First ICC trial addressing Darfur war crimes gets underway
Ali Muhammad Ali Abd-Al-Rahman is accused of overseeing thousands of pro-government Janjaweed fighters responsible for persecution, murder, rape and torture during the 2003-2004 height of the violence in which hundreds of thousands were killed.
“I am innocent of all of these charges,” the septuagenarian Abd-Al-Rahman told judges after the charges were read out at the start of his case.
Abd-Al-Rahman, whom prosecutors say was also known as Ali Kushayb, voluntarily surrendered to The Hague-based court in June 2020 after 13 years on the run. He has denied the charges.
The trial comes amid an upsurge in what humanitarian groups say is inter-communal violence in Darfur since the end of the United Nations and African Union mission there.
Decades after the worst of the fighting, 1.6 million people are still internally displaced in Darfur, the UN estimates.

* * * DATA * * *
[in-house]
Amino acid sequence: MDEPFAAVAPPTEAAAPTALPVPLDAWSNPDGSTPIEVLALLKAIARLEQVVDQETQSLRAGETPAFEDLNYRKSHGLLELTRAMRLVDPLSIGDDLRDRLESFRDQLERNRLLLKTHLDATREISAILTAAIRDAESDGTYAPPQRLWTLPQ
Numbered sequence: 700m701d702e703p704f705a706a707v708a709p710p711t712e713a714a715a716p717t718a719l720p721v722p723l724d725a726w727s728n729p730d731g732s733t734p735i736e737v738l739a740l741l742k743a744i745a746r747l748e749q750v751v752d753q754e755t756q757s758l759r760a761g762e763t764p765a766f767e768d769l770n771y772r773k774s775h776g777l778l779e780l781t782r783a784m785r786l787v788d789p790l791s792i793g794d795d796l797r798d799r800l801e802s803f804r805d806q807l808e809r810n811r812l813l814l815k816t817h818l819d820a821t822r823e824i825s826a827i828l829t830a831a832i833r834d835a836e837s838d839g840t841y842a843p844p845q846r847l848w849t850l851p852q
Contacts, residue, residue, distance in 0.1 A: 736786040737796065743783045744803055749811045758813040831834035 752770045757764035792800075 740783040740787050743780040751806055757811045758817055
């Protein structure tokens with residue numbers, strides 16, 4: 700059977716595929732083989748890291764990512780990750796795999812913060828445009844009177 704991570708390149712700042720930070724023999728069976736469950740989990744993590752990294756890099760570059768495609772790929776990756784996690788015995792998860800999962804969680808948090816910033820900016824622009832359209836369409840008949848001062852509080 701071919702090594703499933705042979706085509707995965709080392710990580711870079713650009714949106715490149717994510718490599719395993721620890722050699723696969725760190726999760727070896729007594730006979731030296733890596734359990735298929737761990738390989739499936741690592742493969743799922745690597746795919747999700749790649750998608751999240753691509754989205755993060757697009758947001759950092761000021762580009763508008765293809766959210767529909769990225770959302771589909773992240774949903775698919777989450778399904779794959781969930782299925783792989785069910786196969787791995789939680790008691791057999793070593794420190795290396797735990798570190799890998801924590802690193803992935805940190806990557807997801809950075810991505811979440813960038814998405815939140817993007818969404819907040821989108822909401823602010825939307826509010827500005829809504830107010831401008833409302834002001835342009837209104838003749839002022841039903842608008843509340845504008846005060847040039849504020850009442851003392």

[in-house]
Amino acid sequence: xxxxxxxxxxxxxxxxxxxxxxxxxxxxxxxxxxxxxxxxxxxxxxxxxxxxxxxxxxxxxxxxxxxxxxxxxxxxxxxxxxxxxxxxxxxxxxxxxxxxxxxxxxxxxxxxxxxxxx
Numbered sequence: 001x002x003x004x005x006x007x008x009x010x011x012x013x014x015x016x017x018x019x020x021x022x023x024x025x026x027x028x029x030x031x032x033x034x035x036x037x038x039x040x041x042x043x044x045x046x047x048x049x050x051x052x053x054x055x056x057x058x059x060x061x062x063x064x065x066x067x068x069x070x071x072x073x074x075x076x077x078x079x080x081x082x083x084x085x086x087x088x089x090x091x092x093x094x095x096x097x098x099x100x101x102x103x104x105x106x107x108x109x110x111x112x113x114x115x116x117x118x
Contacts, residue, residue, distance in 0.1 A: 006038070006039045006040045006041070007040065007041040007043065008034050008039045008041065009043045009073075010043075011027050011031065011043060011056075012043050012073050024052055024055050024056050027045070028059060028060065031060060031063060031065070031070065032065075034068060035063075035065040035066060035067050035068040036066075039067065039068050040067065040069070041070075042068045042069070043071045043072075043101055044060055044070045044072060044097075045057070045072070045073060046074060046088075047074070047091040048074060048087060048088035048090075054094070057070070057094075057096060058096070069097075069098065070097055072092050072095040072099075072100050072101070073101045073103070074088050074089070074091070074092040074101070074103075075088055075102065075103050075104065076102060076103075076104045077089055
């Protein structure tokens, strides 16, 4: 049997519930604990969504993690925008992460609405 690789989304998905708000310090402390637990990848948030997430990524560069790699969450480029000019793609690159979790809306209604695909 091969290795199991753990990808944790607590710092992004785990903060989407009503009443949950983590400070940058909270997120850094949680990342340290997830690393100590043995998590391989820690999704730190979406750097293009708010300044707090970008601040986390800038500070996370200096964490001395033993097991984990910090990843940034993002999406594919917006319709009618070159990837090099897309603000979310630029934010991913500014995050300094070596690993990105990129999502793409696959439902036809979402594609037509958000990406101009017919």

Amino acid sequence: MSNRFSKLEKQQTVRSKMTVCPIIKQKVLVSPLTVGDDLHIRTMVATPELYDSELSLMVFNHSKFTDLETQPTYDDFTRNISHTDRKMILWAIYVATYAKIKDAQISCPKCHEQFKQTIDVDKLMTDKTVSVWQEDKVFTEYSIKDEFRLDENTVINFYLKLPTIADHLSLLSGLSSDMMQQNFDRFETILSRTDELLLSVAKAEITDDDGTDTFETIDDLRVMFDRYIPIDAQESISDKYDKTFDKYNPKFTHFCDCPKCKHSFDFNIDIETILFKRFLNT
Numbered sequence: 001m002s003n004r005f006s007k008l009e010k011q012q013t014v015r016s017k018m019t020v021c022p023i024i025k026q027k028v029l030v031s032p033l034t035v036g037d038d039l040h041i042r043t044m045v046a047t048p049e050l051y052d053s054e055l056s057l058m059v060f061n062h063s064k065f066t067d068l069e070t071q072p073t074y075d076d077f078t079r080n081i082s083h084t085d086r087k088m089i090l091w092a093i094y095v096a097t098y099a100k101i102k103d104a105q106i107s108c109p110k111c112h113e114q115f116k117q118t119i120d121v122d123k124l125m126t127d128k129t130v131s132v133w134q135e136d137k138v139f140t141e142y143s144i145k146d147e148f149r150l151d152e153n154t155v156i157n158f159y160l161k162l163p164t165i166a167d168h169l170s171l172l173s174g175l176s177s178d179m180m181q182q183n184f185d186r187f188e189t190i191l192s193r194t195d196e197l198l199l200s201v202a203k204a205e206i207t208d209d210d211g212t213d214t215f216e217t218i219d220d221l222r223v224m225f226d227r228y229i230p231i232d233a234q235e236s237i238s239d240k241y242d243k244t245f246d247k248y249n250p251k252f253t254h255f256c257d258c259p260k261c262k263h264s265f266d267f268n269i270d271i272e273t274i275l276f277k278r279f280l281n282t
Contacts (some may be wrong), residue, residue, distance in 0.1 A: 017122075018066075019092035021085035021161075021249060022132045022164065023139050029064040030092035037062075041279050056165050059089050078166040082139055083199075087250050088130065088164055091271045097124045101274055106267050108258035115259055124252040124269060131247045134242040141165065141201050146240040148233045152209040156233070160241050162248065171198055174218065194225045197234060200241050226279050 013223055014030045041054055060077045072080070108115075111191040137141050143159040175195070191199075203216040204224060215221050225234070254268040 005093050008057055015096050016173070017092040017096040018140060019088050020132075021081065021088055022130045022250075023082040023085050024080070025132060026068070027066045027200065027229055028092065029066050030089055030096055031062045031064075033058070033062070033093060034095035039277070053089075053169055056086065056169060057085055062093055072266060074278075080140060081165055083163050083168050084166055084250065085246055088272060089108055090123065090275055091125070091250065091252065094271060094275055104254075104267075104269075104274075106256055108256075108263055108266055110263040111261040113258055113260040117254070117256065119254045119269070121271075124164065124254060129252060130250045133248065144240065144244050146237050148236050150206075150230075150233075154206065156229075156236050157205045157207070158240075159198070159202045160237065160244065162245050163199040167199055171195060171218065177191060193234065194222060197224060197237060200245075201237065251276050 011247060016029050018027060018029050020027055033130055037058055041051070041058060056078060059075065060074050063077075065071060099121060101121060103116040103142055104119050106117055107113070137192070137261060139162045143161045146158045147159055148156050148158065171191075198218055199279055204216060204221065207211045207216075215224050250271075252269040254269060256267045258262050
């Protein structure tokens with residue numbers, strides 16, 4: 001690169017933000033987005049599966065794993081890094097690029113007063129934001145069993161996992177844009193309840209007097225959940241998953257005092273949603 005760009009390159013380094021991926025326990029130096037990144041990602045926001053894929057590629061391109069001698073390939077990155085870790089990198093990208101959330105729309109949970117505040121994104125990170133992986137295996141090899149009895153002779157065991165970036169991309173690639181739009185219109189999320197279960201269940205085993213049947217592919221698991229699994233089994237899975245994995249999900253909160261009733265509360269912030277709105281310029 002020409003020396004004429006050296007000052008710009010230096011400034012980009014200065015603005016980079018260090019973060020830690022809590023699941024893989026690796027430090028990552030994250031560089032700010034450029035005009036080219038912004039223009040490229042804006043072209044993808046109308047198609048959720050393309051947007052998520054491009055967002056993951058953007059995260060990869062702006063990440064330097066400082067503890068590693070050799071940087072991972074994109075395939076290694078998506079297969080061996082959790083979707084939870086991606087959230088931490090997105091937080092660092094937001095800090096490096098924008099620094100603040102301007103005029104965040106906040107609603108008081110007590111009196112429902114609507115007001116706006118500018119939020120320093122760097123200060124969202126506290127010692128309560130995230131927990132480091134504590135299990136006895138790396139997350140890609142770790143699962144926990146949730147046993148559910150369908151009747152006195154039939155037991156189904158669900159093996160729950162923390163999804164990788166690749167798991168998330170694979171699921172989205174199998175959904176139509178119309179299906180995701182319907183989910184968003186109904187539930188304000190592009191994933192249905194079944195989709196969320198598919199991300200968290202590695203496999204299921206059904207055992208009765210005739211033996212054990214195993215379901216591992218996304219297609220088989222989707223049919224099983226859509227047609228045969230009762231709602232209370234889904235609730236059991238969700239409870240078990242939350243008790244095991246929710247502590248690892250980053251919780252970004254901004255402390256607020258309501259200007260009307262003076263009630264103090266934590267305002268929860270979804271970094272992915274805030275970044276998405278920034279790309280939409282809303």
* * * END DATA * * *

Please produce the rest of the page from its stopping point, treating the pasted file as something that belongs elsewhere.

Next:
Darfur’s conflict first erupted when mostly non-Arab rebels took up arms against Sudan’s government, which responded with a counter-insurgency.
Khartoum mobilized mostly Arab militias, known as the Janjaweed, to crush the revolt, unleashing a wave of violence that Washington and some activists said amounted to genocide.
The UN estimates 300,000 people were killed and more than 2 million driven from their homes.
Abd-Al-Rahman has been accused of 31 counts of war crimes and crimes against humanity and could face up to life imprisonment if convicted.
During earlier hearings his lawyer argued that the defendant was a victim of mistaken identity and that he was not educated enough to understand the orders he carried out could result in war crimes.
Sudan’s former president Omar Hassan al-Bashir, who is facing ICC charges of orchestrating genocide and other atrocities in Darfur, was deposed in 2019 and remains in prison in Khartoum.